My example of that is the service dog program. I've had a service dog since I was released from the military. My doctor at the time, who is now deceased, wrote a massive letter to Veterans Affairs stating that Corporal Veltri required a service dog, because this medical information—and the United States does extensive research on service animals, because they already have it there—states that it will help offset a lot of the prescription opiate-based medication that physicians were feeding us. They were not just giving it to us; they were feeding us this medication.
I was tired. I was tired of being a drug addict, and being in the infantry we're very well-promoted on alcoholism: it gets put to us. We get it handed to us hand over fist. So not only are we in an environment in which drugs are easily accessible—and I'm talking about high-base OxyContin, Percocet, and Tylenol 3s—
I'll get to my point.
The fact is that you guys leave us in paperwork and you lead us in circles with this paperwork, and now we get nowhere. Because we get nowhere, we get frustrated. And I get frustrated, because I swear at Veterans Affairs—pretty much daily, if I have to.
But now, you guys have a security council that contacts me because I get pissed off and angry because the person on the phone doesn't know what they're talking about. I don't know if Jody has ever had to deal with this problem or anybody else in the council, but I had security guards—your makeshift Veterans Affairs security guards—telling me that I'm being inappropriate because your people on staff don't know what they're talking about and lead me around in circles.
For example, medical marijuana is one of those things I've had since I've been released, because it offsets the drugs that you guys gave me and the alcohol that was fed to me. I don't do any of these things anymore. I lead a somewhat stabler lifestyle, in that I have a service dog and medical marijuana. The service dog isn't approved, even though you guys state you will look after me because of my medical condition—and I will get to that.
Once again, your doctors state that if I need a prescription by a doctor, you will look after it. I'm not asking you to purchase a service animal, because that was never part of the agreement; it was to look after my service animals, which is $130 a month. But you would feed me $500 worth of opiate-based medication instead and pay for that?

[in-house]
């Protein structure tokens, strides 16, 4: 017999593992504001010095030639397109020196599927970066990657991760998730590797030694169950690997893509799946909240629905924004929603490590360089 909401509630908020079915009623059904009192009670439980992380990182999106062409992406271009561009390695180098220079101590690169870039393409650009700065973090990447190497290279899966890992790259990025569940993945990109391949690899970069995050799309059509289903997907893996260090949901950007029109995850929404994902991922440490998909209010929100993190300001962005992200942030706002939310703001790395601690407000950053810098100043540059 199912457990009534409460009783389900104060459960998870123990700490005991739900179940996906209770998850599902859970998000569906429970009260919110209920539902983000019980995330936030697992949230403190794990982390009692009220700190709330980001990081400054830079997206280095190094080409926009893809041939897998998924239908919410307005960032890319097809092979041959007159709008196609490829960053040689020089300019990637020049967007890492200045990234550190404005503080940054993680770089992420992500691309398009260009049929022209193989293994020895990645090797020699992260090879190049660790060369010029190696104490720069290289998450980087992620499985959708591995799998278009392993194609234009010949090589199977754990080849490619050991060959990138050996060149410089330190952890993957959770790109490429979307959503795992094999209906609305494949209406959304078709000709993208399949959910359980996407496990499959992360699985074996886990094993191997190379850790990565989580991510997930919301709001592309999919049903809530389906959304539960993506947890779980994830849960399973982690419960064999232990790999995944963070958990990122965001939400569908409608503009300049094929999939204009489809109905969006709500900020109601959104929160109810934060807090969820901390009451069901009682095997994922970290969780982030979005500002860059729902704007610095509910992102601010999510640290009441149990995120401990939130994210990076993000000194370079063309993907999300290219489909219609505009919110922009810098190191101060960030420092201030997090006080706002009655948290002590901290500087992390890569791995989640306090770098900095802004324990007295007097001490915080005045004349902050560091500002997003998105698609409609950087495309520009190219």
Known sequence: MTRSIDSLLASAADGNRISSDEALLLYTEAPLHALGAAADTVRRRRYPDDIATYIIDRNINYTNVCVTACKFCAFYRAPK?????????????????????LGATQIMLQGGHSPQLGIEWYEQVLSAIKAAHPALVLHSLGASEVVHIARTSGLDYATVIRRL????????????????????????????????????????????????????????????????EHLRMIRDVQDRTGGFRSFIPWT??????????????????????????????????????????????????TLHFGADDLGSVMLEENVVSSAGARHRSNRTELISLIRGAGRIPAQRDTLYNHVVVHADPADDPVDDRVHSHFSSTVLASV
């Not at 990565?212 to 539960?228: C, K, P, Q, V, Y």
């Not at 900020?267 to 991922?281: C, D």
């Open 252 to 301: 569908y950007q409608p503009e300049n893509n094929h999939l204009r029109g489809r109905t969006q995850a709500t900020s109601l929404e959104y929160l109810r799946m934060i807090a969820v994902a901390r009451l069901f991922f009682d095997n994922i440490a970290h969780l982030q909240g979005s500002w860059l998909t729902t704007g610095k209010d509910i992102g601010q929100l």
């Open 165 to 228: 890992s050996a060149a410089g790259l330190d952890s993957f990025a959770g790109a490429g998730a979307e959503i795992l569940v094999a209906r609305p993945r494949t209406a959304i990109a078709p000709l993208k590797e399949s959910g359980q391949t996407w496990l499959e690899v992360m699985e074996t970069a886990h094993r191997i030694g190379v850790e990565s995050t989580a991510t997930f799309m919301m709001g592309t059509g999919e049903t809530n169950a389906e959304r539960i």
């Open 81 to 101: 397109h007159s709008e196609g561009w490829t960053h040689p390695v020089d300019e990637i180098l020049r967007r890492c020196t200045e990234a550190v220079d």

I'm confused with all the paperwork and doctrines you guys present to us, but once again, we get stuck in circles, because you guys don't know what you're talking about. We have written this information to you and you lead us back to, “Well, DND doesn't do this”, and “we don't do that”, and “SISIP doesn't do this”, and this doesn't do that. Once again we get stuck in circles, and with all this paperwork we're presented, I'm surprised that 95% of even the educated ones get lost in this paperwork that you guys present to us because you think it's easy.
Thank you very much for your appearance today, and for your testimony. I want to echo the comments of my colleagues and thank you all very much for your service to our country.
As a committee, we're committed to taking your information and trying to improve things. I know there's a commitment on all sides to do that. While I hear frustration in your voice, please know that we're working to try to make things better.
I'd like to start by asking Ms. Gilmore and Mr. Mitic a question.
I recognize that you have a young family, two daughters as you said. I really appreciate your comment, Ms. Gilmore, and the concrete example of having email access with your case worker, with somebody you can actually relate to and communicate with easily. That's a really good, specific example of something that seems really easy, which we should be able to fix.